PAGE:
Condensation on external glass surfaces : External condensation (dew) can occasionally occur on highly insulating glass units in temperate climates. Such occurrences will only happen on cloud-free nights when there is little or no wind and usually when a warm front follows a dry spell. The combination of several factors, namely external air temperature, localised microclimate and the thermal transmittance of the glazing itself may all contribute to the formation of external condensation. As a consequence of variable temperatures and localised conditions, it is possible to experience a situation whereby both clear and ‘misted’ windows exist at the same time in the same development. This phenomenon is influenced by the thermal insulation of the glazing. Single glazing offers poor thermal insulation therefore heat escaping from inside a room readily passes through the glass to the outside environment. Consequently, the external surface temperature of single glazing is generally higher than the‘ dew-point’ temperature of the outside air, thus prohibiting the formation of condensation on that surface. With conventional double glazing the thermal insulation is improved, but sufficient heat still escapes through the glass so as to warm the external surface of the outermost glass, thereby precluding the formation of condensation in most circumstances. In common with other low emissivity glasses, Pilkington K Glass reflects heat back into the room and as such the quantity of heat passing through the glazing is reduced. Consequently the external pane of low emissivity double glazing is not warmed by escaping heat (which instead is retained within the room) and therefore presents a colder surface to the outside environment. In such cases, and in situations where the external glass surface temperature is lower than the ‘dew-point’ of the air, (and when weather conditions are comparable to those mentioned previously) condensation can form on the external glass surface. However, the combination of these contributing factors is largely unpredictable and therefore it is not possible to quantify the number of occasions when external condensation will occur.
3) Condensation inside the sealed glass unit :- This can also be referred to as the “glass unit breaking down” This is when condensation appears within the double glazed unit itself. It is different from internal and external condensation as it cannot be wiped away and is an actual fault with the unit. The condensation may appear and disappear, over time, it will appear more frequent until it is there permanently. When this happens, the only way to get rid of the problem is for the complete double glazed unit to be replaced.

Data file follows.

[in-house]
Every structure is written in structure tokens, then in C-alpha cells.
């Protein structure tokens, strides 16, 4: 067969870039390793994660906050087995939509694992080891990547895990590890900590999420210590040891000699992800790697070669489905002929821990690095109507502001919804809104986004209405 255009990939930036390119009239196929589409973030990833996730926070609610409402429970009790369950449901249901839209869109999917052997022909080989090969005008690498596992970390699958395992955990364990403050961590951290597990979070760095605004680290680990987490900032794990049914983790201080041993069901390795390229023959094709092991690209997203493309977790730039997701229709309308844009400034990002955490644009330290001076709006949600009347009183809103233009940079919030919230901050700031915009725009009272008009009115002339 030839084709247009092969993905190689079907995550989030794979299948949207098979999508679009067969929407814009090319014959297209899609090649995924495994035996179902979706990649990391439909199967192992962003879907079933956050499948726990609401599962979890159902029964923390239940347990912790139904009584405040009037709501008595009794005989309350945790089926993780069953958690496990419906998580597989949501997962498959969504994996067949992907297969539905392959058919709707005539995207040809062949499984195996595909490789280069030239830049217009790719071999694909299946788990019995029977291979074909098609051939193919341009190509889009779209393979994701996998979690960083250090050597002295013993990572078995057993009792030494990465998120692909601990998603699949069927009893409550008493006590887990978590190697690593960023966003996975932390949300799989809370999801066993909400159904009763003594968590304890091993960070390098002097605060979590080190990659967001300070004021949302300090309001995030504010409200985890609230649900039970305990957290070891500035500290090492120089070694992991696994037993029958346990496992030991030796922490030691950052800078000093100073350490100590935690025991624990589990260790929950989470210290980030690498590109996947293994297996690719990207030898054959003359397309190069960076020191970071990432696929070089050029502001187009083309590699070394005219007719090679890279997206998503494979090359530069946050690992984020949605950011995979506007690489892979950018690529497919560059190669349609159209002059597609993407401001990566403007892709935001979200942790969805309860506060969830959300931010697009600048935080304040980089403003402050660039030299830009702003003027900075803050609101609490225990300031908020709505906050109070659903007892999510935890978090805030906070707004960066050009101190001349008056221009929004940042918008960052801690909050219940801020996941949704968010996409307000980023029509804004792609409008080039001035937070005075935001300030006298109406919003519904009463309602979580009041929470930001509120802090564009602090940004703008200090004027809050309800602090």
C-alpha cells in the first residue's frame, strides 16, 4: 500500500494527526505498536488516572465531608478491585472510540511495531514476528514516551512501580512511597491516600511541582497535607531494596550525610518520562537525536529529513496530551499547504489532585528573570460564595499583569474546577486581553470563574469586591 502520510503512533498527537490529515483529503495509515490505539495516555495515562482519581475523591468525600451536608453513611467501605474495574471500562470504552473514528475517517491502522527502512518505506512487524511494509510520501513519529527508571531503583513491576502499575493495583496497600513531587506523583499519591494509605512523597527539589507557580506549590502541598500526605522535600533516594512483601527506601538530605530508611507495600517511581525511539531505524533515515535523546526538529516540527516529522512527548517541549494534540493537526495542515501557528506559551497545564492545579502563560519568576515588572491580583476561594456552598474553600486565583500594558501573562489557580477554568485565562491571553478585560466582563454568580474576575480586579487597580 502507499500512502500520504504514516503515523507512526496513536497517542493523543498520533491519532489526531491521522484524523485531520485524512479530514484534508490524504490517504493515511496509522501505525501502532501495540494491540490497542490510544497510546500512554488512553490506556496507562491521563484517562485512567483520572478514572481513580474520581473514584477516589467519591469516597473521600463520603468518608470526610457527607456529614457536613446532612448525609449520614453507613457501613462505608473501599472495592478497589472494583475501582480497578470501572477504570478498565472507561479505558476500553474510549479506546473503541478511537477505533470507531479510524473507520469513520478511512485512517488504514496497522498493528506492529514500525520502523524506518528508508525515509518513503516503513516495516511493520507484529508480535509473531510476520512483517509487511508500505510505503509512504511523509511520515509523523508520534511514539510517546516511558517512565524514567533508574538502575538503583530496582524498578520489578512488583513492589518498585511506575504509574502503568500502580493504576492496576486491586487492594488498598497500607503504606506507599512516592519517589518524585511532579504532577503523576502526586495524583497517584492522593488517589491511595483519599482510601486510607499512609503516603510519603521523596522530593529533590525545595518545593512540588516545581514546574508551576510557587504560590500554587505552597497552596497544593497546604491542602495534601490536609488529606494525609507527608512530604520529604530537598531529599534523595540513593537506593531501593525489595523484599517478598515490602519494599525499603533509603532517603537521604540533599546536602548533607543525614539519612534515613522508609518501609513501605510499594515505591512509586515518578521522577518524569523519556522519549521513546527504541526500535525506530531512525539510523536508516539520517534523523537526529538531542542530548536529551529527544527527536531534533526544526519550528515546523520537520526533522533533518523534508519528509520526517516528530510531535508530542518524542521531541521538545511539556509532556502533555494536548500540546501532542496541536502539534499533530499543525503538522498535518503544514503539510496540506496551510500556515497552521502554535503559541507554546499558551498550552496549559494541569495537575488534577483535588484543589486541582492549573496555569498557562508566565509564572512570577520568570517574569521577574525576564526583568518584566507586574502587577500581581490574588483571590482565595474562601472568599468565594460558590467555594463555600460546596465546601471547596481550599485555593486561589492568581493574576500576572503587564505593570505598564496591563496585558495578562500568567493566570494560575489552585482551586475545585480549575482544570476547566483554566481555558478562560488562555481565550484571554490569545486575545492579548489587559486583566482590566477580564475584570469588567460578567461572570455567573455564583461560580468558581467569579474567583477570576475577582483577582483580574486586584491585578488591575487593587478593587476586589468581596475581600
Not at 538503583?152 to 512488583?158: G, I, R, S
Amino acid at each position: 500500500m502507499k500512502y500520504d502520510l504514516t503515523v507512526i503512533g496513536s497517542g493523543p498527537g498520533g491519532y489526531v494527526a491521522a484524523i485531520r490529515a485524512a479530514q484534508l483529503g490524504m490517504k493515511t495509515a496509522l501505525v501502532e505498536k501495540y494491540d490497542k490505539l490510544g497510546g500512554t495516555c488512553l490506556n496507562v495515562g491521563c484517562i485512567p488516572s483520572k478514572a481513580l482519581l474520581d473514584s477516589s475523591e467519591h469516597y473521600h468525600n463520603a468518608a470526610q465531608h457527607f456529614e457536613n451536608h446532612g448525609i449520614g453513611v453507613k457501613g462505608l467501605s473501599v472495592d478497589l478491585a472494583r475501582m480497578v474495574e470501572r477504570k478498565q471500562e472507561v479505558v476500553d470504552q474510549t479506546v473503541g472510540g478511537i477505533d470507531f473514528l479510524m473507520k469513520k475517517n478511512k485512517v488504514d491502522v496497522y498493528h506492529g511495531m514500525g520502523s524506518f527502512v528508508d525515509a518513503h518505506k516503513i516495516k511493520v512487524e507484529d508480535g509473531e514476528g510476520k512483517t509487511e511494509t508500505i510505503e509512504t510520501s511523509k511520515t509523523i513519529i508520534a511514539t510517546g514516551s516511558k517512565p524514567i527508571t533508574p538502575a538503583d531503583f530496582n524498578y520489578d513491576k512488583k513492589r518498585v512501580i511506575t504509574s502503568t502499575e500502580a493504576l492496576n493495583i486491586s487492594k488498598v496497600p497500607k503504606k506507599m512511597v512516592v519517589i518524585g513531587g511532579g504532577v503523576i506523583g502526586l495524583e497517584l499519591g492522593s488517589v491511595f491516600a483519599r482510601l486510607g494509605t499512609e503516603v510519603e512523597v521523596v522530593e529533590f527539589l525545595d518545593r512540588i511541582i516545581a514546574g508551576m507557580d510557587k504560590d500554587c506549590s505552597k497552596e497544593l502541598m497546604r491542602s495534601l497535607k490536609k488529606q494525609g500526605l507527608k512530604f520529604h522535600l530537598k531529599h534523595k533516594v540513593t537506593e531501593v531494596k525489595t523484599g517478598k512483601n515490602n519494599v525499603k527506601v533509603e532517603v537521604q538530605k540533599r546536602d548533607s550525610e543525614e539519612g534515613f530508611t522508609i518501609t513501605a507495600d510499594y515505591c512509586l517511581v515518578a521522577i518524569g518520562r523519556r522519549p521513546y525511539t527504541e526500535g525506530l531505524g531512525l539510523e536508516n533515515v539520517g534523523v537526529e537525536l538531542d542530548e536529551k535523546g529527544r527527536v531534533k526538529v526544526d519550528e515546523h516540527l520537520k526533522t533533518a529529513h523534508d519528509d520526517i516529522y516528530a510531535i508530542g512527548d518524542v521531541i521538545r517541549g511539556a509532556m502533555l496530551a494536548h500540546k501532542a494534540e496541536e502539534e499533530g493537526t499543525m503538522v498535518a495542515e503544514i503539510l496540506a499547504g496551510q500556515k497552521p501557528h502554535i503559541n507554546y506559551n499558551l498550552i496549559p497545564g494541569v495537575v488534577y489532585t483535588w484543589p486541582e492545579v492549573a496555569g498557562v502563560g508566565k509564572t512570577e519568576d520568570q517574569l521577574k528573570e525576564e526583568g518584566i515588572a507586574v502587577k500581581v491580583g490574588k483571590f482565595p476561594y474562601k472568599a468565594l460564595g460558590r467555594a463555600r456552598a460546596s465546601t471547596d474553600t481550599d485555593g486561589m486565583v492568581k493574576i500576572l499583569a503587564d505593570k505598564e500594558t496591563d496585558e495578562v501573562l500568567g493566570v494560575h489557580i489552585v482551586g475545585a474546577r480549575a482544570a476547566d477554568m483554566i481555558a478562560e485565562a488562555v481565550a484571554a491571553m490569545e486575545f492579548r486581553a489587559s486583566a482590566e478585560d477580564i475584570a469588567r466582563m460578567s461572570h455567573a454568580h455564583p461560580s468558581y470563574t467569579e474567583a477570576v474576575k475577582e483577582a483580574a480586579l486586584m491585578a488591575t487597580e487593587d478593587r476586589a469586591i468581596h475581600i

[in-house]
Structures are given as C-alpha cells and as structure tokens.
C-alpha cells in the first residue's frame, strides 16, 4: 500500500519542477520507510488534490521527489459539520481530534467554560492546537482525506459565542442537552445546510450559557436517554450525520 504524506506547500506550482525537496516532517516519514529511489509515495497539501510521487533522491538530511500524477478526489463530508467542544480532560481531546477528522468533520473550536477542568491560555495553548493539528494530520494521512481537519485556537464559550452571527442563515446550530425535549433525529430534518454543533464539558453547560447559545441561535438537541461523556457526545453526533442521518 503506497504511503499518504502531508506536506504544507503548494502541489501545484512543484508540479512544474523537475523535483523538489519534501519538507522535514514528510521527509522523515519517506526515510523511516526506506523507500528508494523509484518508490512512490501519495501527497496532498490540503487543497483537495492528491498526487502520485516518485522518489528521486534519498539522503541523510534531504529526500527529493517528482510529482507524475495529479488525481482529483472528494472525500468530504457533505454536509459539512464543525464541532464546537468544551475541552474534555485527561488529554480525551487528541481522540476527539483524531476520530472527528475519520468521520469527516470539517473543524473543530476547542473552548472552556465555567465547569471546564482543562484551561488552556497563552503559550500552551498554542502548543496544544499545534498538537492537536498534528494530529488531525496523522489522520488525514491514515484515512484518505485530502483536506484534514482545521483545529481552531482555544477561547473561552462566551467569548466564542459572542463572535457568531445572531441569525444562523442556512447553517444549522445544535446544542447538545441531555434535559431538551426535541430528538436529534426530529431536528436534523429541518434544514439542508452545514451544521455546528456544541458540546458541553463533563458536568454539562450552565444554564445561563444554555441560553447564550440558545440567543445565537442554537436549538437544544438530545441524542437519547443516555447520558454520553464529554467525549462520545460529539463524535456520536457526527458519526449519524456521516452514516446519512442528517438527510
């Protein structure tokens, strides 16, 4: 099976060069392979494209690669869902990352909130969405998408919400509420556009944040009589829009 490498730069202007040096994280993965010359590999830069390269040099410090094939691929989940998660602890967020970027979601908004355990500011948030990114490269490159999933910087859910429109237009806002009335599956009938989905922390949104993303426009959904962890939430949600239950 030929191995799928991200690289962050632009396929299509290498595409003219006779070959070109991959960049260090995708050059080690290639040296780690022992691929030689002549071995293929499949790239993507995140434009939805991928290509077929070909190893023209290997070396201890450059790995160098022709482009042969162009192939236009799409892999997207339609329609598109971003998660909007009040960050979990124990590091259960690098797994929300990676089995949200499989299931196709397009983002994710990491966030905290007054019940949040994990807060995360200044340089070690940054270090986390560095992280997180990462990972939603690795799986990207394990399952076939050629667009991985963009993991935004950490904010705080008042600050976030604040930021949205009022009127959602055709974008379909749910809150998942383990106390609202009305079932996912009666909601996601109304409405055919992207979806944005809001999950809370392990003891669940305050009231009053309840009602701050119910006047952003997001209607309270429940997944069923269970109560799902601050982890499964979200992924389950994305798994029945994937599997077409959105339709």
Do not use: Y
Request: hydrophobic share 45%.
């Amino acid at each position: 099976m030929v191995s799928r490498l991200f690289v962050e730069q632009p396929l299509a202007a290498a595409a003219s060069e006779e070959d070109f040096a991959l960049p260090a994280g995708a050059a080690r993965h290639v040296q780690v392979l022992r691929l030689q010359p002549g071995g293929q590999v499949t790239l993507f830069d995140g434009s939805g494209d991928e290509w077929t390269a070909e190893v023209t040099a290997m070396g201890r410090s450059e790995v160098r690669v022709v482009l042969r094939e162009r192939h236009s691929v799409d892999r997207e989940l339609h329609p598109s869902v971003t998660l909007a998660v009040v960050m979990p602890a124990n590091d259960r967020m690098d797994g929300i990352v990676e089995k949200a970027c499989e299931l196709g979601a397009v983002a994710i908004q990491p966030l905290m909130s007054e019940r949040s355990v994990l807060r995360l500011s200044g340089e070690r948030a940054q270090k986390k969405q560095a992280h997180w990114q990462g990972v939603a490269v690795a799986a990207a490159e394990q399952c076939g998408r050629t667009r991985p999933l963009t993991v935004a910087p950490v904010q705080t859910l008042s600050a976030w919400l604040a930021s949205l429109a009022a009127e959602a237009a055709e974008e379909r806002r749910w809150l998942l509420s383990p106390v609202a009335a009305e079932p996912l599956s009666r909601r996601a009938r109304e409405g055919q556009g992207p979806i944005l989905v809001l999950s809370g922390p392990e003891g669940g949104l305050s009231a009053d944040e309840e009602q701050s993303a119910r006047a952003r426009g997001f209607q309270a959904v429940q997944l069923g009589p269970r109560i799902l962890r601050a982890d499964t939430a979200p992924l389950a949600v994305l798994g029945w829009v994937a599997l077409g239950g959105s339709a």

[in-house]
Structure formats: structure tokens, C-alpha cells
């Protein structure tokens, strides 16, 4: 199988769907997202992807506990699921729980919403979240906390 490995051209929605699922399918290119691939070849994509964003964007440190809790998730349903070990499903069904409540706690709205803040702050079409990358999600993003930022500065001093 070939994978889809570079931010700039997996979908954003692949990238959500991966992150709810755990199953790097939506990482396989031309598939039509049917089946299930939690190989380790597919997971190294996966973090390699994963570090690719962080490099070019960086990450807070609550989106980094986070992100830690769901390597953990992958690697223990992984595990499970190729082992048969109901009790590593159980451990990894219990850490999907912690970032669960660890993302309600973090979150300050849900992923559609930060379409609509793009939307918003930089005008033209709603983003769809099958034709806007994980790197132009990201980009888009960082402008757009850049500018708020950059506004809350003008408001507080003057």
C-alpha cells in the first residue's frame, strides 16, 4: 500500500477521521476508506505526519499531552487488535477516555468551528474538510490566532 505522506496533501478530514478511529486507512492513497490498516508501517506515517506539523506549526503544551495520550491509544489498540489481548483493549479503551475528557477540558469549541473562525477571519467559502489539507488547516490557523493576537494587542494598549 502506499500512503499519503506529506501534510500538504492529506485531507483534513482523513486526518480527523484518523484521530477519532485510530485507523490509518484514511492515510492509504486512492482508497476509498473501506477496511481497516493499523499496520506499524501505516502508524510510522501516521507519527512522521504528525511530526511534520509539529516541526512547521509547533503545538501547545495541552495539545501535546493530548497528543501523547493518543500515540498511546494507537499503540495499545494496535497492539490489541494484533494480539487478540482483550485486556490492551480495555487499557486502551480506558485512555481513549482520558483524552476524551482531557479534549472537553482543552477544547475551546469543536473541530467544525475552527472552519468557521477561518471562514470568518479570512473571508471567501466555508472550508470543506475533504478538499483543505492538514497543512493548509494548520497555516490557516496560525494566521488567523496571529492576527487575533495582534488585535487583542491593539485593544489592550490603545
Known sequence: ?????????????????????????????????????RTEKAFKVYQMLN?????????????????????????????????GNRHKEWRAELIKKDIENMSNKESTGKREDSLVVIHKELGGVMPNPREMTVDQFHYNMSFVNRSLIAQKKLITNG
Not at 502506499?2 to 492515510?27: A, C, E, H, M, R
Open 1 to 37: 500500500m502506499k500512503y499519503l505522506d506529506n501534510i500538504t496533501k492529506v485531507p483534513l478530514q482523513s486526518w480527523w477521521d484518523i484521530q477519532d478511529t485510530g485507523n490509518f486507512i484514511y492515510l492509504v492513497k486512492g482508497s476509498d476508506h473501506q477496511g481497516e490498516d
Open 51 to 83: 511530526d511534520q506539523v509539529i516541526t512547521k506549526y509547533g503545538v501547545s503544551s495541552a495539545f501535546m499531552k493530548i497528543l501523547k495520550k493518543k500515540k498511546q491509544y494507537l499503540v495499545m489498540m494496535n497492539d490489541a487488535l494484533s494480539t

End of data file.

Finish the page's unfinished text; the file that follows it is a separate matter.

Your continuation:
No. Generally we find that the companies who provide the insurance, cover very little in a situation where a claim is required. As we do not take any deposits, you do not part with any money until the product is installed in your home. We would also like to think, having been in business since 1986, we have and will continue to fulfill our own guarantee several times over.
- The full price of the goods (including the V.A.T) as shown on the contract shall be paid in full upon satisfactory completion of the work.
- All goods will remain the property of Fife Windows & Doors Ltd until paid in full.
- Our company undertakes to repair any defect in workmanship within 10 years from the date of invoice. This doesn’t affect your statutory rights.
- Any manufacturers warranties in respect of the materials used in the installation will be assigned to the purchaser.
- If the customer is in breach of contract, the company shall be entitled to recover any reasonable loss sustained, thereby, from the customer.
- Every effort is made upon site survey to assess external roughcast or render around existing frames. If there is boss roughcast or render it may be disturbed during the removal of old frames, the company can’t be held responsible upon proper execution of the removing of existing windows and or doors.
- Where telephone or alarm cables are attached to or coming through existing window/door frames, our installation teams are happy to take off and reattach alarm connectors or move telephone cables but we cannot accept liability should these items not function properly after doing so unless this is a result of our negligence. If this is of concern, please arrange for a telephone engineer or alarm specialist to carry out these works prior to or during the installation of the windows/doors.
If you have a complaint against us for any work carried out or goods supplied, then put this in writing to us at our main address as soon as possible.
We are committed to providing a high-quality service to all our customers. When something goes wrong, we need you to tell us about it. This will help us to improve our standards.
As a member of the Fife Council Trusted Trader scheme we are bound by their consumer dispute resolution process, and if we are unable to reach agreement then the scheme will provide an informal conciliation service, you can contact them on 0333 444 0185 or email [email protected]. Should this process fail to conclude the matter, then a referral can be made to Kent County Council who provide an independent, expert dispute resolution service to the Fife Council Trusted Trader scheme. We will abide by their decision.